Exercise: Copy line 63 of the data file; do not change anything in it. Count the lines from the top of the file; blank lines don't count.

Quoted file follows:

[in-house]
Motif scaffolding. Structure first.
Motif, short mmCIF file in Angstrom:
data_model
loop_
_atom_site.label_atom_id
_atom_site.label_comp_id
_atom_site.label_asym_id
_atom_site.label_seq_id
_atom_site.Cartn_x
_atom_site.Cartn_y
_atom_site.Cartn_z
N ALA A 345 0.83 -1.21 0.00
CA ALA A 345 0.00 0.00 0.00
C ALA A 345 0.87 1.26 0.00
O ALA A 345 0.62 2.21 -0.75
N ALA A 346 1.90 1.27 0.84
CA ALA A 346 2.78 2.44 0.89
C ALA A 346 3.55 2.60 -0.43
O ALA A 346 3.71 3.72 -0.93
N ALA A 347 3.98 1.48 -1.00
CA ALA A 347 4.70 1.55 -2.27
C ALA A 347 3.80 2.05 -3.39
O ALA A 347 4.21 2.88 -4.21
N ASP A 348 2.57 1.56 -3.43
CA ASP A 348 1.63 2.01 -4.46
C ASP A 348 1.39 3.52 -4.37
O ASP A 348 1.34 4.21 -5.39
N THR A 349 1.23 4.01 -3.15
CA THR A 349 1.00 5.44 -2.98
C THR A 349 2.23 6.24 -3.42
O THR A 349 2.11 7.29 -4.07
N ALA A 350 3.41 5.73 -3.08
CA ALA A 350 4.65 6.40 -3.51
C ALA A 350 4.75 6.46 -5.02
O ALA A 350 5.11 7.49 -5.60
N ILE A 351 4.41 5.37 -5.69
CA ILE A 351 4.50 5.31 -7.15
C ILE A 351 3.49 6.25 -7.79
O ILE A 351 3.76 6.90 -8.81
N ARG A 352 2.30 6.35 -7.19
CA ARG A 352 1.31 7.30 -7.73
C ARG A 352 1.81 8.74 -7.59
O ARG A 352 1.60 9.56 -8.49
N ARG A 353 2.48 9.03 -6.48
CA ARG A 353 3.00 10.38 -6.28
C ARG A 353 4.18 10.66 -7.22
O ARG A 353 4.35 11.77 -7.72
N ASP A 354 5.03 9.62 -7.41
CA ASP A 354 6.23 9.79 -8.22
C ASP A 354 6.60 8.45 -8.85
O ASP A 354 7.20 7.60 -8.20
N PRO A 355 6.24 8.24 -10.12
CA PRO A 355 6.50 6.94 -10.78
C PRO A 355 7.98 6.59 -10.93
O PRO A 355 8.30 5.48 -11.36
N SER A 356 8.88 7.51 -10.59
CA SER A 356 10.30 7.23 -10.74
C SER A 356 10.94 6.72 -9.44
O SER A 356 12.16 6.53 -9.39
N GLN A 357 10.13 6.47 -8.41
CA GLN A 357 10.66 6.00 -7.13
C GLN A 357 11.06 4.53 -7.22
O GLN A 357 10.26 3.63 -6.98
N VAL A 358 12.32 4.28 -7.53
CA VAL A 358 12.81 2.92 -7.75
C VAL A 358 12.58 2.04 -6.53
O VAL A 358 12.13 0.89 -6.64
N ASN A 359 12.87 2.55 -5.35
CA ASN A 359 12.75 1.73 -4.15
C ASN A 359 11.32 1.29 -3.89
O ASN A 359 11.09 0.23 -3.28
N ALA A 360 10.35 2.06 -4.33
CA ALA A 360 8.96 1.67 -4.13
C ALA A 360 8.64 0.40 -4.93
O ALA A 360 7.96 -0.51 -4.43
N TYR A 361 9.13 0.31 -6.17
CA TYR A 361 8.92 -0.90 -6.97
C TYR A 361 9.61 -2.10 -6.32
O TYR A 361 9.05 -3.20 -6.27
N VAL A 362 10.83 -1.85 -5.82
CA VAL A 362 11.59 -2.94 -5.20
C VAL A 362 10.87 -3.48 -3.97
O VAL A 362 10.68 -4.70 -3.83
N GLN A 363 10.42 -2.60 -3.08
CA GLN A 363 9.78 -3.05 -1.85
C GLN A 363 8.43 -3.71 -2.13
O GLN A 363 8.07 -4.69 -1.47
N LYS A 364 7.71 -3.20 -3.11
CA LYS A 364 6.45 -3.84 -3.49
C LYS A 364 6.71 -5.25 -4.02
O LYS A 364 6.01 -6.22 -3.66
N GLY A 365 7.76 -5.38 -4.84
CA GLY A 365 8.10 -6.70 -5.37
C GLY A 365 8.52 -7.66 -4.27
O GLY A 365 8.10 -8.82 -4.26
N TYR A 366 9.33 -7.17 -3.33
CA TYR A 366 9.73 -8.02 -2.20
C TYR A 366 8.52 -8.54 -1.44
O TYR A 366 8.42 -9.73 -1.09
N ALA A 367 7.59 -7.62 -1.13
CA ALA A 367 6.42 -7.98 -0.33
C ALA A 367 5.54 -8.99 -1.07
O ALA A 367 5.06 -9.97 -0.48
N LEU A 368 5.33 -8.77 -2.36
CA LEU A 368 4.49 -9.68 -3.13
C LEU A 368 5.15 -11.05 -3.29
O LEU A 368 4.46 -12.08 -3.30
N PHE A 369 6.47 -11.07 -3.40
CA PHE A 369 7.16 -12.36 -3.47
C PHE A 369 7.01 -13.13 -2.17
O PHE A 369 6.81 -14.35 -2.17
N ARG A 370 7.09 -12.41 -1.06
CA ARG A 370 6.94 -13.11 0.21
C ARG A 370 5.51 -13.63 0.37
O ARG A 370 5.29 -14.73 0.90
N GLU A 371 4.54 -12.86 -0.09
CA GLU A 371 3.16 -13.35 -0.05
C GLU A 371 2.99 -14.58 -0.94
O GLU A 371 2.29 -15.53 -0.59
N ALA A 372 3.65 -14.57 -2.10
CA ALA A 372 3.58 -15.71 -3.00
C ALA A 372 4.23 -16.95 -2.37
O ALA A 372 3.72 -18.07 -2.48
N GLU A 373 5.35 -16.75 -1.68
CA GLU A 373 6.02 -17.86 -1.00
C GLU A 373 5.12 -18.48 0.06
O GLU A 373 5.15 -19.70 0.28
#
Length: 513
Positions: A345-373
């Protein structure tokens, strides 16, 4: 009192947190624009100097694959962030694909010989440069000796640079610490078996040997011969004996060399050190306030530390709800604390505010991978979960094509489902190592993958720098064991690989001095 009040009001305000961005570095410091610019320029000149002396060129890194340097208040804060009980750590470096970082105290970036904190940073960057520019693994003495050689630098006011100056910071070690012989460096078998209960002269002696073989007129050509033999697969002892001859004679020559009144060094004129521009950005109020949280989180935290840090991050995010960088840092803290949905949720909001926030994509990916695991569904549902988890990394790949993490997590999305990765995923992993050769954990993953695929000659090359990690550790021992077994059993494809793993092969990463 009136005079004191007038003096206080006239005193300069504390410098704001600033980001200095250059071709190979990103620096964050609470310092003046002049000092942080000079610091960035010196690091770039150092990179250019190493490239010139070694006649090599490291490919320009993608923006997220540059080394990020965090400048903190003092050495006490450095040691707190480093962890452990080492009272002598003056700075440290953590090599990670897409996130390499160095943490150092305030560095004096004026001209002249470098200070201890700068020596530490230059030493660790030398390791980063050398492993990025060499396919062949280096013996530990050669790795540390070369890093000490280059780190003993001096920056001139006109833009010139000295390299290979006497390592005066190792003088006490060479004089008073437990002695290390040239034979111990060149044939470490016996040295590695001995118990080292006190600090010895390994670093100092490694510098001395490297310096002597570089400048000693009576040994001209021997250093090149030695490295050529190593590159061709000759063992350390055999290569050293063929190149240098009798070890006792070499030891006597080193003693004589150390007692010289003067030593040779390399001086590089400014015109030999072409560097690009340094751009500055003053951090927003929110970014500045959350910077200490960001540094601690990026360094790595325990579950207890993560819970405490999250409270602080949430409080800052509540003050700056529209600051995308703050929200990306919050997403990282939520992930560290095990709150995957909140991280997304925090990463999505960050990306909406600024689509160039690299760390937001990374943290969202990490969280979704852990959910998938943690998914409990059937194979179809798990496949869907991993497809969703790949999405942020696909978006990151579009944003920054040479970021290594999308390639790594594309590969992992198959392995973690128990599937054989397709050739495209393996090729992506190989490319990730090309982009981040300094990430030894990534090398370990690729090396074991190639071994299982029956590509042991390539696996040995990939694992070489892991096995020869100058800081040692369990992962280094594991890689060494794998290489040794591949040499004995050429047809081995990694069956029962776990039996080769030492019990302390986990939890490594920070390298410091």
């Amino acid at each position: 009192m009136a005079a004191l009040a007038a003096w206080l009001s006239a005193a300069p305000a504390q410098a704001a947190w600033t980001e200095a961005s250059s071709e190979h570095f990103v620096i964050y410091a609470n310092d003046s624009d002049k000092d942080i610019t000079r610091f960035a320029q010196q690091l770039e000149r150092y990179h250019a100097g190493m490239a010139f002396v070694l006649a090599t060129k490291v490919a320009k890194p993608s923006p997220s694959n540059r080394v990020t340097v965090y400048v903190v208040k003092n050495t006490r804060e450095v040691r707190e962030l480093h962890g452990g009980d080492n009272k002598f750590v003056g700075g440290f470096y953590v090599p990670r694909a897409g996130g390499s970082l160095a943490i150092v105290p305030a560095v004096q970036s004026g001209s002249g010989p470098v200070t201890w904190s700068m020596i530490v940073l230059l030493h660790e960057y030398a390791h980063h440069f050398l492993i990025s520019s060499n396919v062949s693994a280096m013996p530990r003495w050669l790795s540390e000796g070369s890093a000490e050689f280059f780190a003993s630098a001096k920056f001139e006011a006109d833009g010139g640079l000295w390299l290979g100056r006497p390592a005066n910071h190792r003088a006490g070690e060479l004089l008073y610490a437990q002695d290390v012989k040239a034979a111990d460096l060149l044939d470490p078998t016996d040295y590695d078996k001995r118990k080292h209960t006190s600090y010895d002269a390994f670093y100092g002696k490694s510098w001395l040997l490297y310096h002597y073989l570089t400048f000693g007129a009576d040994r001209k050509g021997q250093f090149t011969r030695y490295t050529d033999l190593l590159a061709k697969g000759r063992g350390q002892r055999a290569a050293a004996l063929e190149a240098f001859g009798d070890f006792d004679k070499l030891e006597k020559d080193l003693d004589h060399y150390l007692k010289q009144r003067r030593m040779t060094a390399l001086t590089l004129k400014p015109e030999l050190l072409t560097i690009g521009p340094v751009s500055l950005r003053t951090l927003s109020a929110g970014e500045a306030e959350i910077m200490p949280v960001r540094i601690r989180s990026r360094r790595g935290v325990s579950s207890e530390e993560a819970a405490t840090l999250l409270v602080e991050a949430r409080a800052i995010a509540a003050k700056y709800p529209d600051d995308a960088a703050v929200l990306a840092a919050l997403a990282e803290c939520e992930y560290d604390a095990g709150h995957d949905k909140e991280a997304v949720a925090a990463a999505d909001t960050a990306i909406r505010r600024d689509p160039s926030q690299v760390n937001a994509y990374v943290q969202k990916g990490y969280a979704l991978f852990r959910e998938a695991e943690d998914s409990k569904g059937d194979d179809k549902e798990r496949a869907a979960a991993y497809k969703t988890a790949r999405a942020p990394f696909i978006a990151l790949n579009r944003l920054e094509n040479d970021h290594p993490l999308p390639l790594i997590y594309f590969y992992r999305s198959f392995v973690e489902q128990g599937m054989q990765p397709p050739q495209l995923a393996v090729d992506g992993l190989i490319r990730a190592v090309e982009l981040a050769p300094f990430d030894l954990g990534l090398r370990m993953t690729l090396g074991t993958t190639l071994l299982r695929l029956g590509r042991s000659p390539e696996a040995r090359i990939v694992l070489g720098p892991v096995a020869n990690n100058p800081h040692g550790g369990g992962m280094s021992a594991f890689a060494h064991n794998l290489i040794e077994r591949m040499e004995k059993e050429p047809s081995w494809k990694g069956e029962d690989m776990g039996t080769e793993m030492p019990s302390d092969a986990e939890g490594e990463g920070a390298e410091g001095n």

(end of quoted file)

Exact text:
C GLN A 357 11.06 4.53 -7.22